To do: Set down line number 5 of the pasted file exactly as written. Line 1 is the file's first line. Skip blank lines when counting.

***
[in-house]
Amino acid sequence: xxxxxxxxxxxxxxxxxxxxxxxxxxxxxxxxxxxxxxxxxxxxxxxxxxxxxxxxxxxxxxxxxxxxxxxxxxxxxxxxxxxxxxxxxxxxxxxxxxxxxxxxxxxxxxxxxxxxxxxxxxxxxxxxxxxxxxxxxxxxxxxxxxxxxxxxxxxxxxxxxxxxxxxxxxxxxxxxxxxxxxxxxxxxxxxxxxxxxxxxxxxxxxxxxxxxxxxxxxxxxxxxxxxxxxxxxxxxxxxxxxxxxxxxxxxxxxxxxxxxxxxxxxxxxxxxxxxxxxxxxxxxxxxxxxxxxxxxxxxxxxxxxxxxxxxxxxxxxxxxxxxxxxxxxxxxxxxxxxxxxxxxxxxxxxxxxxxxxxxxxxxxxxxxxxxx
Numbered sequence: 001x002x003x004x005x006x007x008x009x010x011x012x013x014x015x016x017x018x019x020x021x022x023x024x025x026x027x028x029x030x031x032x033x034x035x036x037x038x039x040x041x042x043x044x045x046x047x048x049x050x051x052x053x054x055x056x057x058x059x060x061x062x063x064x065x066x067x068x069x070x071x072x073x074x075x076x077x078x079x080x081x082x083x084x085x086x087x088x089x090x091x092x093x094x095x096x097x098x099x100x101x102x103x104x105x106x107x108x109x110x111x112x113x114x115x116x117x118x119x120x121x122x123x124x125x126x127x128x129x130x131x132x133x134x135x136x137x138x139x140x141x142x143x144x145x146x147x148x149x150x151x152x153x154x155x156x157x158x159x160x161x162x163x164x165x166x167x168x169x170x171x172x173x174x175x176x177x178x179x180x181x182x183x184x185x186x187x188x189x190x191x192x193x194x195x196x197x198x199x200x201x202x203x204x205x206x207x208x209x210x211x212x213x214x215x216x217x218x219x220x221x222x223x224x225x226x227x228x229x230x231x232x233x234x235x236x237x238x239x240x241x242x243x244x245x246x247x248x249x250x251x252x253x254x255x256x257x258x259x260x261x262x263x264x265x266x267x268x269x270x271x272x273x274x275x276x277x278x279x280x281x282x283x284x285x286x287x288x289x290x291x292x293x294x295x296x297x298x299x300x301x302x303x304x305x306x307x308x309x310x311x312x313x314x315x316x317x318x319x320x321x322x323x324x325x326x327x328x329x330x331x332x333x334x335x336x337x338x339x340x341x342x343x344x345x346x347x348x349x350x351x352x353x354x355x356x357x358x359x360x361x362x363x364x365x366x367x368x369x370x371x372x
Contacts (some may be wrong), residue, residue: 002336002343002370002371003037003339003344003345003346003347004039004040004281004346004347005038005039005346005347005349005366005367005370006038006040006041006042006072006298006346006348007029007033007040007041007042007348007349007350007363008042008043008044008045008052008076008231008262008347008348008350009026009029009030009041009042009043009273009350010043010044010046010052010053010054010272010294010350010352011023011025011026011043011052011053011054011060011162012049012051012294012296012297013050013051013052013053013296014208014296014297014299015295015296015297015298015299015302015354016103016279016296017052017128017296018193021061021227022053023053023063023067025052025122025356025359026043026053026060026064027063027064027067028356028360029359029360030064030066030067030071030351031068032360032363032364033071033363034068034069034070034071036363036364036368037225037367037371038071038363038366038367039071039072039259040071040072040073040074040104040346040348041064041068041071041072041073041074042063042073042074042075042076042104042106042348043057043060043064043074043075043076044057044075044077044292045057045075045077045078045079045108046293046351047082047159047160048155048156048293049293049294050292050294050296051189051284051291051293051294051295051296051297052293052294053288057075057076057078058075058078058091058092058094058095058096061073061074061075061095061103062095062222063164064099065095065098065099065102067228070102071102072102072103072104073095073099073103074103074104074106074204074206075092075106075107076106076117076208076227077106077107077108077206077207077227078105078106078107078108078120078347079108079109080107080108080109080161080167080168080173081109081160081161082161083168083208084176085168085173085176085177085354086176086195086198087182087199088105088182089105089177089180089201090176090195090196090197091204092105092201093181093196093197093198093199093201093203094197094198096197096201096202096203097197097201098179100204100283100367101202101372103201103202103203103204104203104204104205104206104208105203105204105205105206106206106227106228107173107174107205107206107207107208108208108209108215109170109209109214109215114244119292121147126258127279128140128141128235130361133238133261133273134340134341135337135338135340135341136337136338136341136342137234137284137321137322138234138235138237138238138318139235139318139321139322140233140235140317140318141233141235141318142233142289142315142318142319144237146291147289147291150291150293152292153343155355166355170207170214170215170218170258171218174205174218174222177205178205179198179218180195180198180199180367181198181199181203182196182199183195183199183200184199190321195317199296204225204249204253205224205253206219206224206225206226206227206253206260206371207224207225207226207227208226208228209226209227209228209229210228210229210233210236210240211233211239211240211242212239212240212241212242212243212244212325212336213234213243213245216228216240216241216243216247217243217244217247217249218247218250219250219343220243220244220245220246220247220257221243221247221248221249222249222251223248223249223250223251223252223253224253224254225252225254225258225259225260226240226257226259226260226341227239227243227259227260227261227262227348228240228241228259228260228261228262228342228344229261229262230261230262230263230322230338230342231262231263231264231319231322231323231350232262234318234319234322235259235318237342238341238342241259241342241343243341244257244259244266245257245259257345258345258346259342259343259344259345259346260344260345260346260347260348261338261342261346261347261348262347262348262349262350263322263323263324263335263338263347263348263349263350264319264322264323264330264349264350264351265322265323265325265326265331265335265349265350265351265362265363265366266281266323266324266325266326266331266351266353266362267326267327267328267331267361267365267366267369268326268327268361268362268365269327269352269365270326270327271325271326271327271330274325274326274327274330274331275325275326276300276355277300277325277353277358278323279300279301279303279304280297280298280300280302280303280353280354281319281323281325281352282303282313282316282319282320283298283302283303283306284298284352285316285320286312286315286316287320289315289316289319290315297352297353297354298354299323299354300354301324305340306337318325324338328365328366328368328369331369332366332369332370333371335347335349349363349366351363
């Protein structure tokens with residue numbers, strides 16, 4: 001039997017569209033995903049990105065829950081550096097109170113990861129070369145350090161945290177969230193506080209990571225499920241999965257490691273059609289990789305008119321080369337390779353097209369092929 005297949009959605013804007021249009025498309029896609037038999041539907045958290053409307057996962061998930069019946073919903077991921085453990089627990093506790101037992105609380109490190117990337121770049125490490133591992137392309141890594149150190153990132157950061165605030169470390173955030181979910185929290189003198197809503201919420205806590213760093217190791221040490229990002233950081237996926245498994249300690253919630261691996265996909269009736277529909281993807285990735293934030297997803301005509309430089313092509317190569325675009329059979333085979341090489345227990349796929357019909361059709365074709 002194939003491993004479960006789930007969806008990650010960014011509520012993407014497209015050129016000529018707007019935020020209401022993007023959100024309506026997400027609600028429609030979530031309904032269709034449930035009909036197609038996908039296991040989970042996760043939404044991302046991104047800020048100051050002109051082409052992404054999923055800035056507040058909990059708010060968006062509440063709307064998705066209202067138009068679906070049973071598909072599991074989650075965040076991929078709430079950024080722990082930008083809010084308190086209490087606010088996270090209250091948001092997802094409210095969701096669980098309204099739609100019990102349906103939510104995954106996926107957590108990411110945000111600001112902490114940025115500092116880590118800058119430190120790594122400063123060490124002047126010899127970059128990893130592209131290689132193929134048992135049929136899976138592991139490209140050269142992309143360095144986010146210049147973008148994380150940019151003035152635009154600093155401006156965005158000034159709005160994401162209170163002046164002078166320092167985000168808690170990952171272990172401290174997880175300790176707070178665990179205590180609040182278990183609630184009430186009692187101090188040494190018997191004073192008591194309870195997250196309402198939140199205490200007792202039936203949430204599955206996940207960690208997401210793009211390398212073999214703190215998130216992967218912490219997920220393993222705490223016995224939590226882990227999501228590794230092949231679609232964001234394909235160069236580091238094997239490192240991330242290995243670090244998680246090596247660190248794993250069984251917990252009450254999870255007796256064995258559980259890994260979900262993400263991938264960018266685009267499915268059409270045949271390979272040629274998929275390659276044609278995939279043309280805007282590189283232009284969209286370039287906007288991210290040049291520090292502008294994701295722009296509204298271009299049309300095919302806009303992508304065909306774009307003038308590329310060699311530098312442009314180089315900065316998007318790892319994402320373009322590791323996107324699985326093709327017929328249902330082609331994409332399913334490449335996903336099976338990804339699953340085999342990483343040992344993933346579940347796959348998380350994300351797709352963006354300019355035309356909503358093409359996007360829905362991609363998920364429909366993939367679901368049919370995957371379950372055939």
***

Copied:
């Protein structure tokens with residue numbers, strides 16, 4: 001039997017569209033995903049990105065829950081550096097109170113990861129070369145350090161945290177969230193506080209990571225499920241999965257490691273059609289990789305008119321080369337390779353097209369092929 005297949009959605013804007021249009025498309029896609037038999041539907045958290053409307057996962061998930069019946073919903077991921085453990089627990093506790101037992105609380109490190117990337121770049125490490133591992137392309141890594149150190153990132157950061165605030169470390173955030181979910185929290189003198197809503201919420205806590213760093217190791221040490229990002233950081237996926245498994249300690253919630261691996265996909269009736277529909281993807285990735293934030297997803301005509309430089313092509317190569325675009329059979333085979341090489345227990349796929357019909361059709365074709 002194939003491993004479960006789930007969806008990650010960014011509520012993407014497209015050129016000529018707007019935020020209401022993007023959100024309506026997400027609600028429609030979530031309904032269709034449930035009909036197609038996908039296991040989970042996760043939404044991302046991104047800020048100051050002109051082409052992404054999923055800035056507040058909990059708010060968006062509440063709307064998705066209202067138009068679906070049973071598909072599991074989650075965040076991929078709430079950024080722990082930008083809010084308190086209490087606010088996270090209250091948001092997802094409210095969701096669980098309204099739609100019990102349906103939510104995954106996926107957590108990411110945000111600001112902490114940025115500092116880590118800058119430190120790594122400063123060490124002047126010899127970059128990893130592209131290689132193929134048992135049929136899976138592991139490209140050269142992309143360095144986010146210049147973008148994380150940019151003035152635009154600093155401006156965005158000034159709005160994401162209170163002046164002078166320092167985000168808690170990952171272990172401290174997880175300790176707070178665990179205590180609040182278990183609630184009430186009692187101090188040494190018997191004073192008591194309870195997250196309402198939140199205490200007792202039936203949430204599955206996940207960690208997401210793009211390398212073999214703190215998130216992967218912490219997920220393993222705490223016995224939590226882990227999501228590794230092949231679609232964001234394909235160069236580091238094997239490192240991330242290995243670090244998680246090596247660190248794993250069984251917990252009450254999870255007796256064995258559980259890994260979900262993400263991938264960018266685009267499915268059409270045949271390979272040629274998929275390659276044609278995939279043309280805007282590189283232009284969209286370039287906007288991210290040049291520090292502008294994701295722009296509204298271009299049309300095919302806009303992508304065909306774009307003038308590329310060699311530098312442009314180089315900065316998007318790892319994402320373009322590791323996107324699985326093709327017929328249902330082609331994409332399913334490449335996903336099976338990804339699953340085999342990483343040992344993933346579940347796959348998380350994300351797709352963006354300019355035309356909503358093409359996007360829905362991609363998920364429909366993939367679901368049919370995957371379950372055939």